Gas Workers Local No. 80 v. Michigan Consolidated Gas Co., 503 F. Supp. 155 (E.D. Mich.1980), supports Defendants' position. In that case, Judge Patricia Boyle held that an action by a local union to vacate an adverse arbitration award was time-barred by (1) the ninety day statute in the United States Arbitration Act or (2) the twenty day provision in GCR 769, which has been relied upon by Defendants in the instant case. Judge Boyle noted that "[t]he most analogous state limitation period is that provided by [GCR 769] governing arbitration attacks." 503 F. Supp. 159. Judge Boyle also rejected the argument that GCR 769 could not be used, holding that the statute which governs is the one which "most clearly addresses the situation presented in the case brought under federal law...." Id.
Judge Robert DeMascio of this Court recently joined Judge Boyle when he concluded that the twenty day period of GCR 769 operates as the limitations period in Michigan actions which seek to vacate an arbitration award. Scott v. Chrysler Corp., Civil Action No. 80-70041 (E.D.Mich.1981).
Similarly, in Davidson v. Roadway Express, Inc., 650 F.2d 902 (7th Cir. 1981), the Seventh Circuit Court of Appeals recently held that Mitchell, supra, mandated the application of the Indiana ninety day statute of limitations to a claim by the individual employee who sought to vacate an arbitration award and recover damages for breach of (1) fair representation by the Union, and (2) the collective bargaining agreement by the employer.
Here, Plaintiffs argue that even if this Court concludes that the GCR 769 twenty day limitation period applies in the instant case, Mitchell, supra, should not be applied retroactively. If Mitchell, supra, is not applied retroactively, the Michigan three year *114 statute of limitations would govern under Smart, supra. As a consequence, Plaintiffs could prevail on the statute of limitations issue if this Court determined that the statute of limitations began to run when a rehearing was denied or the alleged fraudulent concealment tolled the running of the statute of limitations.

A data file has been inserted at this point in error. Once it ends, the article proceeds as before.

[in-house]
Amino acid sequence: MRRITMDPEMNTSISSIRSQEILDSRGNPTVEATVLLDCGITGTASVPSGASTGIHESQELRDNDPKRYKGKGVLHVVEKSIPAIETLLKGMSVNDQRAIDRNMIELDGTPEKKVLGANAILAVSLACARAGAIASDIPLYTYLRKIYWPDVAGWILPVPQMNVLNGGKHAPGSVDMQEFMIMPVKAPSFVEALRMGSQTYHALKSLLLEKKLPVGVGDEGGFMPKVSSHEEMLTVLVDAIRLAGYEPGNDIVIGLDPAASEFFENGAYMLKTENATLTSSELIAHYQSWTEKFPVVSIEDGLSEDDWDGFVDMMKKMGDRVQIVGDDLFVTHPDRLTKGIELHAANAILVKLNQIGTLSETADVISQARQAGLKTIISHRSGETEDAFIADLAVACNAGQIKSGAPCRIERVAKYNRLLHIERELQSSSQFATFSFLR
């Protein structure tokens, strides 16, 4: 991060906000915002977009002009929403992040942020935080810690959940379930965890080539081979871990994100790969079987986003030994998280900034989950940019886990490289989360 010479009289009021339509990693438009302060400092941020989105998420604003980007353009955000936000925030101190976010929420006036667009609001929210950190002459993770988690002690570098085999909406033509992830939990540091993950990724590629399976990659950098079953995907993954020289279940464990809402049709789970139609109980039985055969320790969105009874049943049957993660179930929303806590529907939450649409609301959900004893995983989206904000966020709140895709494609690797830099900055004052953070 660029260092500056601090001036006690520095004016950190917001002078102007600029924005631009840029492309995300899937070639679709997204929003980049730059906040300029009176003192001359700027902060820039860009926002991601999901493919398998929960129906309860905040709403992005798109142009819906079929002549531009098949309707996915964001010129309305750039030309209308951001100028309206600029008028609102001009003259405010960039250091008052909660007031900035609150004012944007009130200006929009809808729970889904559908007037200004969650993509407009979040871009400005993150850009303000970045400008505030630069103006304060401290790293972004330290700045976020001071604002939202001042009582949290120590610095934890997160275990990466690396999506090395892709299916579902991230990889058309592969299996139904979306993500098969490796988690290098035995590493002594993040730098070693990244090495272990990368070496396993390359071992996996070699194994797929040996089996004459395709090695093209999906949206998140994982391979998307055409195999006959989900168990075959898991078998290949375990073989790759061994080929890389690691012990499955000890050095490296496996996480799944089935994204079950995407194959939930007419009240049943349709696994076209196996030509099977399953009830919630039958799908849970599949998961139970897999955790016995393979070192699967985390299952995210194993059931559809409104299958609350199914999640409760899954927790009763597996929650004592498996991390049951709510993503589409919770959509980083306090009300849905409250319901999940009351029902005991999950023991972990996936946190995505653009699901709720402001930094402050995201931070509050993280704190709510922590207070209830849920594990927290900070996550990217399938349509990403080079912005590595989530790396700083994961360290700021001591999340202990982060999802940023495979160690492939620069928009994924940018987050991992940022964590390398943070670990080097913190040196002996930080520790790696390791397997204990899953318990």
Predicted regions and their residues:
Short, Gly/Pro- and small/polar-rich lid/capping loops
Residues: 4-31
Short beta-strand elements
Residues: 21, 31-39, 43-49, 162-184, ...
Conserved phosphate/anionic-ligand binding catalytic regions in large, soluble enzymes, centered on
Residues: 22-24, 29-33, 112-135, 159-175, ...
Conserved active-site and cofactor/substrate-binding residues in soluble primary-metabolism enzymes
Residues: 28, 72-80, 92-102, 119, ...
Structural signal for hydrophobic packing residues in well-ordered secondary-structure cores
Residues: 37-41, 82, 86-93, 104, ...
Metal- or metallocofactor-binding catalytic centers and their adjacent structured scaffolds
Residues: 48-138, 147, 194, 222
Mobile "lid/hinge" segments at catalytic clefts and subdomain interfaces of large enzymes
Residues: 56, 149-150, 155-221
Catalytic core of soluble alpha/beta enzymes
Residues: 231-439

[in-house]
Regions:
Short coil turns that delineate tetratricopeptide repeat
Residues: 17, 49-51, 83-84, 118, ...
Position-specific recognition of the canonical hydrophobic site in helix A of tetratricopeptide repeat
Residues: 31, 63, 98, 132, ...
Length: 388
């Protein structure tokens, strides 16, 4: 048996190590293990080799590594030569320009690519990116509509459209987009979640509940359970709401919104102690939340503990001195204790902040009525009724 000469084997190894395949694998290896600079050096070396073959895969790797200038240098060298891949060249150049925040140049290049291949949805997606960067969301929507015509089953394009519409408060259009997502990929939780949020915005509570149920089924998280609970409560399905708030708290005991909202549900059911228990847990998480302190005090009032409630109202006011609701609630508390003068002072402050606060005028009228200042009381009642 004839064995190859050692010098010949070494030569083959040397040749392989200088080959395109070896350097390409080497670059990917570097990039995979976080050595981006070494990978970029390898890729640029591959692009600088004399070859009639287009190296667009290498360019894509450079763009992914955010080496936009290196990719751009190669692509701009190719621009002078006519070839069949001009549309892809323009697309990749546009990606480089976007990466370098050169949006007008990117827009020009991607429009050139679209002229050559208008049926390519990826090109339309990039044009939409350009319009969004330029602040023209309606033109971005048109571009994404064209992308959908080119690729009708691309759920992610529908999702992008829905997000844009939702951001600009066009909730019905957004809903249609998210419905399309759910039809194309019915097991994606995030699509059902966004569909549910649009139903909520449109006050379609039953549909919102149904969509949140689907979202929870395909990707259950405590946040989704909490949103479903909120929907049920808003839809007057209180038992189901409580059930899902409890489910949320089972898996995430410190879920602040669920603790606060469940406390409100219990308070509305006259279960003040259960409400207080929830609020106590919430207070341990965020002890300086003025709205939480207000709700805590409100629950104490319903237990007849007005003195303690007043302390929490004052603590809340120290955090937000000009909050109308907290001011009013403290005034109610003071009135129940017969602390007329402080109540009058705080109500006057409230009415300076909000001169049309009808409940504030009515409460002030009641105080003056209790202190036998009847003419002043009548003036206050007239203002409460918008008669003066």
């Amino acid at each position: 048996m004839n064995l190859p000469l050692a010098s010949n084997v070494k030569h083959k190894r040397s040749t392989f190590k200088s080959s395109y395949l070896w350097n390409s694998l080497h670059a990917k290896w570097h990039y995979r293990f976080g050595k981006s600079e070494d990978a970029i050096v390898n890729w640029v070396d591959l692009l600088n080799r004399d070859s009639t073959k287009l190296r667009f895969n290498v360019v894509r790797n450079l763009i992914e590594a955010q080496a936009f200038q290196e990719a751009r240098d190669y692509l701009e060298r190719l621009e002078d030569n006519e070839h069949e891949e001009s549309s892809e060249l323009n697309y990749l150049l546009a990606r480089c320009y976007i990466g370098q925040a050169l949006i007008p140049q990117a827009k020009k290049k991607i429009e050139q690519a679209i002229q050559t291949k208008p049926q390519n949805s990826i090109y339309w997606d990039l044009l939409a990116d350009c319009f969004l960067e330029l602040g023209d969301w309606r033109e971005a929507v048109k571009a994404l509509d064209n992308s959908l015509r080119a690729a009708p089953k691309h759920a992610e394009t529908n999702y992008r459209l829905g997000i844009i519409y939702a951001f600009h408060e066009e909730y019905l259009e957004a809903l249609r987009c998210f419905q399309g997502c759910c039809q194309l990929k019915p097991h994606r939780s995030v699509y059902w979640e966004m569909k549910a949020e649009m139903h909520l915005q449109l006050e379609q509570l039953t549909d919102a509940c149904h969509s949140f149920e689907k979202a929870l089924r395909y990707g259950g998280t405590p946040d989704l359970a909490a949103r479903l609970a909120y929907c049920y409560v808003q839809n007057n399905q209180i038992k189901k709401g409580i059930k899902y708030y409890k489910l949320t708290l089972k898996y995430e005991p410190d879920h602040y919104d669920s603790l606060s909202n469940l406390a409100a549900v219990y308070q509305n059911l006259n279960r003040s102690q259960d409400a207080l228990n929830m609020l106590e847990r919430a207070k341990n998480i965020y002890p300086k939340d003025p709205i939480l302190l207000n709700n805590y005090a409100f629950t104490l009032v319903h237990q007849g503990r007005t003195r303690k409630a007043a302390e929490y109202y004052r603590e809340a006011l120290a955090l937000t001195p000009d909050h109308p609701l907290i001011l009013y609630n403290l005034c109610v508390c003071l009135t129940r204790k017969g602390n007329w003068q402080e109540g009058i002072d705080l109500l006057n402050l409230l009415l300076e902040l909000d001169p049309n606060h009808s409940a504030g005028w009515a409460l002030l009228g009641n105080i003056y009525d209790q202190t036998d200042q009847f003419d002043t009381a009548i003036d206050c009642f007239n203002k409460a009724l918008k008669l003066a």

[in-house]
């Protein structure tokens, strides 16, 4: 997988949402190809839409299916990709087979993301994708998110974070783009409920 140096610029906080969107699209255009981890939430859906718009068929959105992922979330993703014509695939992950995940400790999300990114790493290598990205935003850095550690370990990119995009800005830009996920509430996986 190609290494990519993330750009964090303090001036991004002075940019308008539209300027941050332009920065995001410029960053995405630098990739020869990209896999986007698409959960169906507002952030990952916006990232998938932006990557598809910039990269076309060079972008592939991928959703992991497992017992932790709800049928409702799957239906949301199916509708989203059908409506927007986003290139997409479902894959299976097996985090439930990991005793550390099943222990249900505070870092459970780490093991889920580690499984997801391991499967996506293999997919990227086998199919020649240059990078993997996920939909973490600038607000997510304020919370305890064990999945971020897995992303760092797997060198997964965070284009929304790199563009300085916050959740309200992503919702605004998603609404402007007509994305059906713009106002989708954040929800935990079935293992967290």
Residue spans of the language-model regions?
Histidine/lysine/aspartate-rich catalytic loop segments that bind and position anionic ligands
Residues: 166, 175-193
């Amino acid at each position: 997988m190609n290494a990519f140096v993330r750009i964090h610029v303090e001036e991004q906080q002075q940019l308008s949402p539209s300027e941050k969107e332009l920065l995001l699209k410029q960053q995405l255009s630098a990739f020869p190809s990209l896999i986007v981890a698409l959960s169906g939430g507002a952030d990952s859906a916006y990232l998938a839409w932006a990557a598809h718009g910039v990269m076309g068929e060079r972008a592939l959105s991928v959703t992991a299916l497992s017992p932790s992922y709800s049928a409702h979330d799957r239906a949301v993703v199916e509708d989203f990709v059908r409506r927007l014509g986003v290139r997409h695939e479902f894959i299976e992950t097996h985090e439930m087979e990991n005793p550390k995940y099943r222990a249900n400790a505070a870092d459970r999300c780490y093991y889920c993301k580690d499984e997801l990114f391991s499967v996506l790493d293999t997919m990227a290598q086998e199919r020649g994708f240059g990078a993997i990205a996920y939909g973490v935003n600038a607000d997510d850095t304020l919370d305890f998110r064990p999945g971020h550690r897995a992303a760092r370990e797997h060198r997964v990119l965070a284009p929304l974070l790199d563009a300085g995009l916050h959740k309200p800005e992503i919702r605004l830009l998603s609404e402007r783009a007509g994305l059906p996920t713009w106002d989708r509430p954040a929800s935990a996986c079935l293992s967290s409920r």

The best guidance in determining whether to apply Mitchell, supra, retroactively is found in Chevron Oil Co. v. Huson, 404 U.S. 97, 92 S. Ct. 349, 30 L. Ed. 2d 296 (1971). In 1968, Huson commenced legal proceedings in the District Court in Louisiana to recover for personal injuries that had been sustained by him approximately two years earlier while working on Defendant's artificial island drilling rig which was located on the Outer Continental Shelf off the Louisiana coast. At the time when Plaintiff's lawsuit was filed, various Court of Appeals had applied admiralty law to the Outer Continental Shelf Lands Act the same statute under which Huson had brought his lawsuit. Under the existing admiralty law, his lawsuit had been timely filed.
However, in 1969, while Chevron Oil, supra, was still at the trial court level, the United States Supreme Court decided Rodrigue v. Aetna Casualty & Surety Co., 395 U.S. 352, 89 S. Ct. 1835, 23 L. Ed. 2d 360 (1969). In Rodrigue, supra, the Court interpreted the Outer Continental Shelf Lands Act as making state law remedies (rather than admiralty law remedies) applicable to the kinds of accidents of which Huson, in Chevron Oil, supra, complained. Relying on Rodrigue, supra, the District Court, in Chevron Oil, supra, determined that the Louisiana one year personal injury statute of limitations was applicable, and, thereby, barred Huson from submitting his substantive issues for adjudication.
On Appeal, the Fifth Circuit Court of Appeals reversed and remanded, holding that the Louisiana statute of limitations barred the remedy but not the right to recover.
Upon review, the Supreme Court affirmed the Court of Appeals' judgment and remanded the case to the trial court. Justice Potter Stewart, writing on behalf of the majority, considered the key issue to be whether the state statute of limitations should be, or should not be, given non-retroactive application under Rodrigue, supra. Noting that the non-retroactive application of judicial decisions in recent years has been most conspicuously considered in the area of criminal process, he stated that the problem was not limited exclusively to the criminal arena. Justice Stewart then identified the three criteria which must be utilized in determining whether a judicial decision of the Supreme Court should be applied retroactively: